03 April 2012

The Commission Acts - Badly

The Anglican news is that the Archbishop of Canterbury Commission has sent requests for comments on the, "ministry of the archbishop" to all of the Anglican "provinces." There is a lot going on here, none of it good.

Item one, the members of the Anglican Communion are autocephalous1 churches. That is they are in communion with, not subject to the Church of England. Dr. Williams never quite got that concept, and his stamp is evident in the language now in vogue among the hierarchs.2

Item two, the effort here is to act as though nothing much happened when the synods of the Church of England said no to the Covenant. The Archbishop is Primate of All England. He is not primate of the world, albeit again, it is not clear that everyone gets that.

It is the extra-Canterbury offices that have been expanded and empowered in the language of the Covenant. It may surprise readers to know that no official body of the individual churches, save possibly by implication, the few that have signed the Covenant, has ever confirmed the title, "instrument of communion." In fact, other than the Covenant, no inter-Anglican agreement has ever ratified the existence of such things as, "instruments."

So, what the commissioners are doing is acting as though the Covenant has standing. At one level, this is the stuff of, "Through the Looking Glass." Reality is what the Church of England's hierarchy says it is. At another it is very real-politic, an attempt to create, "facts on the ground." The idea is fairly simple: act as though the title of archbishop carries with it the title, or at least function of, "instrument of communion." and it does. OK, it is a bit dishonest, but that is among the least dishonorable thing we have seen from the hierarchs of late.

So here is a suggested response to the request:

The next Archbishop should concentrate on making the Church of England more democratic and focused on its synodical government. In doing this he should formally disassociate his office from the idea of, "instruments of communion" and seek to move the communion away from hierarchical structures and concepts.

Ah well, I can dream. I doubt anyone in any church has the courage to say that. None-the-less, they should!



1) click here for a definition.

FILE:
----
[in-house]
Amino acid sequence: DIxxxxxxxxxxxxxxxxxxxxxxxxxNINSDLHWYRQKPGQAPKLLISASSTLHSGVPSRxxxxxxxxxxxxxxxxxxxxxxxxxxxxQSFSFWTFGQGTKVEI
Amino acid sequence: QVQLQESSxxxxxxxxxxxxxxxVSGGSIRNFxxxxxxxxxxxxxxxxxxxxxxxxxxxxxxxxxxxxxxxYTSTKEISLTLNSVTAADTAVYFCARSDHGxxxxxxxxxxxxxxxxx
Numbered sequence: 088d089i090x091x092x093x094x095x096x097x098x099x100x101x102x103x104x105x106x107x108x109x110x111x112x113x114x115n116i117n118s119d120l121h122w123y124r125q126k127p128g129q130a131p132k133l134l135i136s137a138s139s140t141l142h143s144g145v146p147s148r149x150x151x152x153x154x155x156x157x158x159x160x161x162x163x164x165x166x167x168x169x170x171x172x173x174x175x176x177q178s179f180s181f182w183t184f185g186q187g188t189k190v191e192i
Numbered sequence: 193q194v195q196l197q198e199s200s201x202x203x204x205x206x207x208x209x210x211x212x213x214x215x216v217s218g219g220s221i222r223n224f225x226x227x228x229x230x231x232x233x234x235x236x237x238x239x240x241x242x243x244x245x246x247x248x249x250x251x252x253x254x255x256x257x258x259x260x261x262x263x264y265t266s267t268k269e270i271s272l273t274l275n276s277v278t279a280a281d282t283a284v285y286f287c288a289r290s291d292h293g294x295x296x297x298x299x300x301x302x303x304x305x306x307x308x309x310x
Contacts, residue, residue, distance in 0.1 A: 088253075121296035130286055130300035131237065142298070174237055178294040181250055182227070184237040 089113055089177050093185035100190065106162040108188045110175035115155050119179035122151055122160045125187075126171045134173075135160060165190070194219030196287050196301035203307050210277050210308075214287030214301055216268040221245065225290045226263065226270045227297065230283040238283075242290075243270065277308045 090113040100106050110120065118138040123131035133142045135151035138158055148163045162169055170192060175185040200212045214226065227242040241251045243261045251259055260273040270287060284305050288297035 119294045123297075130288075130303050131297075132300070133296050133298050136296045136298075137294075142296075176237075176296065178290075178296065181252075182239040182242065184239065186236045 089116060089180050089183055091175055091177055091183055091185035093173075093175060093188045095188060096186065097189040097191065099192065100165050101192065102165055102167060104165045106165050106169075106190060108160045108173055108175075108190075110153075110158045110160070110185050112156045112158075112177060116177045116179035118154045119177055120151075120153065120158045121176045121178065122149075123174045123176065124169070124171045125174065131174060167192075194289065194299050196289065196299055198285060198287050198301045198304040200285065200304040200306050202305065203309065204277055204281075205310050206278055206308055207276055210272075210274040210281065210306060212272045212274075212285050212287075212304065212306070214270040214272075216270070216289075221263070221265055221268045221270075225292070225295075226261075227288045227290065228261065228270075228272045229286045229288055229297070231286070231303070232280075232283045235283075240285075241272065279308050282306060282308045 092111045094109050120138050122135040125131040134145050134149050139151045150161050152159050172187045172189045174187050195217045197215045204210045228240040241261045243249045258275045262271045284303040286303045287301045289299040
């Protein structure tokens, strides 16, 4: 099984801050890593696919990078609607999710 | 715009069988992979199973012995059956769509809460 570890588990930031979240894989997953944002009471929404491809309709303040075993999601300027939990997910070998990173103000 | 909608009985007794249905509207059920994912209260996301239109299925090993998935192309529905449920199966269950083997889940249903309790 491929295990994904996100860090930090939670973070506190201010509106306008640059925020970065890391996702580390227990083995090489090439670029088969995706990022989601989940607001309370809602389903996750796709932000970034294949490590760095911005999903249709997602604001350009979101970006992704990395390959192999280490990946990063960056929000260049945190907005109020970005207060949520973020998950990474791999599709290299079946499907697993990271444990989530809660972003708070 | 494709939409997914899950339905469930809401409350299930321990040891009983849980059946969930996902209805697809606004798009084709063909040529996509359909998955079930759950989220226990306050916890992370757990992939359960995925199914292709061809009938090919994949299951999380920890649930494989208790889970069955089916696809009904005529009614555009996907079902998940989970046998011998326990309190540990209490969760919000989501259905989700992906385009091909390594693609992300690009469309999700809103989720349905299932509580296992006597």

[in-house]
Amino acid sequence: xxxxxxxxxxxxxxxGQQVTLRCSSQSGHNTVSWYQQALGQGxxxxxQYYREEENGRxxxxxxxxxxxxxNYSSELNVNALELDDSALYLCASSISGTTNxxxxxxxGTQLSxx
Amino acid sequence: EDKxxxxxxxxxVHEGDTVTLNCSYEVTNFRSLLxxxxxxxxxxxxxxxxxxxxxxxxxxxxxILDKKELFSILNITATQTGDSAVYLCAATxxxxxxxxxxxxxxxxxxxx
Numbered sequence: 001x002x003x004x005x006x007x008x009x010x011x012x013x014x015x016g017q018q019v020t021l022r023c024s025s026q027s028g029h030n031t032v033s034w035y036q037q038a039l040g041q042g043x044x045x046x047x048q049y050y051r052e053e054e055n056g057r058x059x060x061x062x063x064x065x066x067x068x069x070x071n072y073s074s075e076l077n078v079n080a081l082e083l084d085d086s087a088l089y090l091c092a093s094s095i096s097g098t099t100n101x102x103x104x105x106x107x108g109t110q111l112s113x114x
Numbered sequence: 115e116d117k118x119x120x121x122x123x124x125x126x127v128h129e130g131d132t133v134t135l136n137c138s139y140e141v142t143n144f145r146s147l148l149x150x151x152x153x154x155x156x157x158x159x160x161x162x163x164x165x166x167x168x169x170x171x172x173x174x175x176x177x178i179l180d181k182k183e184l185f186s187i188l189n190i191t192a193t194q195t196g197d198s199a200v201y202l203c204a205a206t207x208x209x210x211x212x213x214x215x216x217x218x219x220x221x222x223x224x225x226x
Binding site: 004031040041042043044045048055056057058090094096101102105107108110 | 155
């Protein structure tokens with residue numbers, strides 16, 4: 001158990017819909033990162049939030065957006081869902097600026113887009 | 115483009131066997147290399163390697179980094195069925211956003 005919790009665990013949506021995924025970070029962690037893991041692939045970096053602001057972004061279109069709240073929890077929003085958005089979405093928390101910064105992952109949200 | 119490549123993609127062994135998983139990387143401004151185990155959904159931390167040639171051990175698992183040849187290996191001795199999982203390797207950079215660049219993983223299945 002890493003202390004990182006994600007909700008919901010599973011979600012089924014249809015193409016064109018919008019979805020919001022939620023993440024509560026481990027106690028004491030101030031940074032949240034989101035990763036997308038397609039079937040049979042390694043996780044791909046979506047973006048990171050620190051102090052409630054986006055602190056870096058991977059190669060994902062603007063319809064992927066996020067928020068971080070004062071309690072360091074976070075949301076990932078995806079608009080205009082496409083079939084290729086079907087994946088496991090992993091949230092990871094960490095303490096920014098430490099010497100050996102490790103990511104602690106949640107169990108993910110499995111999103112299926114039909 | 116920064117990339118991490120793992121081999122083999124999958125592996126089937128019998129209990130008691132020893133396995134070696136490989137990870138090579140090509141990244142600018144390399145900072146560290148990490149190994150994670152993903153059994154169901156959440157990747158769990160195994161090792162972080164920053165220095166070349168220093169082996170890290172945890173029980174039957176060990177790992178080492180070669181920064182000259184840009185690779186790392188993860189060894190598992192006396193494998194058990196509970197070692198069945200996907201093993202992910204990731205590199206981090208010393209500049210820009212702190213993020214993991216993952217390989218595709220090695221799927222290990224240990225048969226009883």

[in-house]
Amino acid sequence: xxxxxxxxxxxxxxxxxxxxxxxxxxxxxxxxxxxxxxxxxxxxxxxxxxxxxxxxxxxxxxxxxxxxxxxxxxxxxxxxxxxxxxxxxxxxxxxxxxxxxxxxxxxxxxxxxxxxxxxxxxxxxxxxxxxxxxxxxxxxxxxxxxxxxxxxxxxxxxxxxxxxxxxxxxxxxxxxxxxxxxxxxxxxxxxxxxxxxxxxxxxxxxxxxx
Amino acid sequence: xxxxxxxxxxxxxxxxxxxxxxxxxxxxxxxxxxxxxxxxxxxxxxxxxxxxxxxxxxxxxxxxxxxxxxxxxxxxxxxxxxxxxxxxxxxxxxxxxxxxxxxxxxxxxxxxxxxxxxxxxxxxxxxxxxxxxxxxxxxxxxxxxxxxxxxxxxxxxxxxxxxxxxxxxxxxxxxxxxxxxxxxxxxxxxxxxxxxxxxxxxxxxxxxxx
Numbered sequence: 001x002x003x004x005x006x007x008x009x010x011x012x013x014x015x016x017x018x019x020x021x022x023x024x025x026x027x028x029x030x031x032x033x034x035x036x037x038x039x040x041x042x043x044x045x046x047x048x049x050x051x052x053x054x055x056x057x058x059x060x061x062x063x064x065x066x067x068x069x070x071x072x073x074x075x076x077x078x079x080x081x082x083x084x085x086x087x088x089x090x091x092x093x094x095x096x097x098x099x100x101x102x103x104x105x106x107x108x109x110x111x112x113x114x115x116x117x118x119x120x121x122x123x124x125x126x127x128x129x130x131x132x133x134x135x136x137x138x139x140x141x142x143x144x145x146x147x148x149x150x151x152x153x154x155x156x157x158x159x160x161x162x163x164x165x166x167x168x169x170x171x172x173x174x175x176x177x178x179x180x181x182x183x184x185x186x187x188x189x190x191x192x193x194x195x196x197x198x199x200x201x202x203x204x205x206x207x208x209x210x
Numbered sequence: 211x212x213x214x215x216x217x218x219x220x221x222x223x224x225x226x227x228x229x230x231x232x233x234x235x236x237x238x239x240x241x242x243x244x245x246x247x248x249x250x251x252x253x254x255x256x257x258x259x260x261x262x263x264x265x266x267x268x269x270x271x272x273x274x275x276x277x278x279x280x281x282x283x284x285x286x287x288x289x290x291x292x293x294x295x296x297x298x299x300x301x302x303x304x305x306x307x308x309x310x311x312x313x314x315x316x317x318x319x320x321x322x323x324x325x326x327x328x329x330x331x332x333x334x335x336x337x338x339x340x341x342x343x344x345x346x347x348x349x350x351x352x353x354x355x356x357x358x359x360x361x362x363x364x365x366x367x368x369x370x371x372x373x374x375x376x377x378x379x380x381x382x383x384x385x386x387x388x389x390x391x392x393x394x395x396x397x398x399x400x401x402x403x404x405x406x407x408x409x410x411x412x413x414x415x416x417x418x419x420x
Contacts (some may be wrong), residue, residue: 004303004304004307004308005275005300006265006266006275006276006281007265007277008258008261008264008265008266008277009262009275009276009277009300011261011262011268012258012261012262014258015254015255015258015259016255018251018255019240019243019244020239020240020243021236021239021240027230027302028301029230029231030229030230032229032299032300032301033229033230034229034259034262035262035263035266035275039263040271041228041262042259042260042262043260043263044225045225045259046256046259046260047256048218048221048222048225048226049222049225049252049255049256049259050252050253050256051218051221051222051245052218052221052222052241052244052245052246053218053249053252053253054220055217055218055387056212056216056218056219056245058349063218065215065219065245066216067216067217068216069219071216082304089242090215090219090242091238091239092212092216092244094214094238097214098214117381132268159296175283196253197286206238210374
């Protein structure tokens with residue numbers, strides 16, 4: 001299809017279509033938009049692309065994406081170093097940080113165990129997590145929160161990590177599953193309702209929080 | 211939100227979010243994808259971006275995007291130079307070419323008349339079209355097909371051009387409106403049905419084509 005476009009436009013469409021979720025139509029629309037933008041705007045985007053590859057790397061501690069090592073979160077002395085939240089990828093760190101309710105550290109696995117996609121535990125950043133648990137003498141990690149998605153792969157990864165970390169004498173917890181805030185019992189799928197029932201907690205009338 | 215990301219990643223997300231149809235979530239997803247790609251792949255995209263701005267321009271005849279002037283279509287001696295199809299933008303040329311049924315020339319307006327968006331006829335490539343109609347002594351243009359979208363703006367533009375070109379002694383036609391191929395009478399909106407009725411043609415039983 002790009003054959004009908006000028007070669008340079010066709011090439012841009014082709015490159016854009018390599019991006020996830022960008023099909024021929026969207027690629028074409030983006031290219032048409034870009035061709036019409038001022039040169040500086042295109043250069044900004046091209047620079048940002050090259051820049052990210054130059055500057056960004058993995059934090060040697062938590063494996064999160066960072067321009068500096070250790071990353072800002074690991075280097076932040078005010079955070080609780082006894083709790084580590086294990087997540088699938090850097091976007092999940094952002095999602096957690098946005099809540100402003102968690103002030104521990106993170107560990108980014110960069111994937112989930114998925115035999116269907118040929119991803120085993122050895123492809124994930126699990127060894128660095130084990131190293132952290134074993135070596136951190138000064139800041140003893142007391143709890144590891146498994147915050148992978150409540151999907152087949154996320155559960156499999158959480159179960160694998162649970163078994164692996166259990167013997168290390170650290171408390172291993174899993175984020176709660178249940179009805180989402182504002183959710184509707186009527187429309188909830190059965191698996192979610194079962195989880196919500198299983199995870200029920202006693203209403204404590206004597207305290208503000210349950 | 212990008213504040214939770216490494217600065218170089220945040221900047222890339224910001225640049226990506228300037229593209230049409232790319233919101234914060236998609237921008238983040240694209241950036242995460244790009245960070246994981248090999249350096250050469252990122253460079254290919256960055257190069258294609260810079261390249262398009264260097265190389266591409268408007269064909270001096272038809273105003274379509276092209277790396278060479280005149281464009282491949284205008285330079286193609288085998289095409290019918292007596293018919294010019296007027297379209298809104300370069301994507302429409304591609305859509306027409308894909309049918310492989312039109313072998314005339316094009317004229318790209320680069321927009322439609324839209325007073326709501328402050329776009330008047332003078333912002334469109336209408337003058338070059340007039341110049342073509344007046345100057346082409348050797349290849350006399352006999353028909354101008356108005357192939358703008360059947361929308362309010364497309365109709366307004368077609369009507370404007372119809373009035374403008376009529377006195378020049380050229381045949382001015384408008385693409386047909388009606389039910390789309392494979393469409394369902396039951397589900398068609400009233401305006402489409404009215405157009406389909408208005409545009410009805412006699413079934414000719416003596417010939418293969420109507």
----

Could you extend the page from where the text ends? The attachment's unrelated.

2) click here for a definition.


Muthah+ said...

Good post, Jim. I agree!

Daniel Weir said...

Isn't a synonym for instrument "tool"?

JimB said...

Daniel, Exactly, "tool" of course rhymes with "Santorm voter." :-)


Anonymous said...

How about disestablishment?

JimB said...

As an American, I do not think myself competent to comment on how disestablishment would hinder or help the church in England.

In terms of the communion, while except for Scotland and TEC, the churches outside England received their orders from England, the standing or lack thereof associated with the archbishop's office derives mostly from a combination of tradition and inertia.

If Parliament were to announce a bill of disestablishment was being considered, I suppose that would impact the commissioners, but I do not know how.


Christal said...

I really support your point on making the Church of England more democratic. That needs to happen now.

June Butler said...

It may surprise readers to know that no official body of the individual churches, save possibly by implication, the few that have signed the Covenant, has ever confirmed the title, "instrument of communion."

Good words, Jim. I have always disliked the term "instrument of communion". With Daniel Weir, an instrument sounds like a tool, perhaps more suitable for use in an operating room? Scalpel, please!

JimB said...

Thanks Mimi. I think it is clear that an "instrument of unity" is in reality, as my younger son says, "chief inquisitor." We have seen that sort of conduct from the incumbent. ;;sigh;;


June Butler said...

The churches that sign on to the covenant will face a body of inquisitors if a member of another church turns them in for straying from the straight and narrow.

JimB said...

Section 4 of the Covenant is easily the worst in terms of clarity and organization. This section has been revised over and over again to try to find something that would obscure the intent and slide by scrutiny.

The real problem to me with the current state of the discussion is that the really bad work in the first three sections is ignored. This is sort of a long term concern.

As the Commissioners try to act as though the thing passed in treating their job as finding a new "Archbishop of the Communion" instead of the "Archbishop of Canterbury" I grow concerned at the apparent intention.

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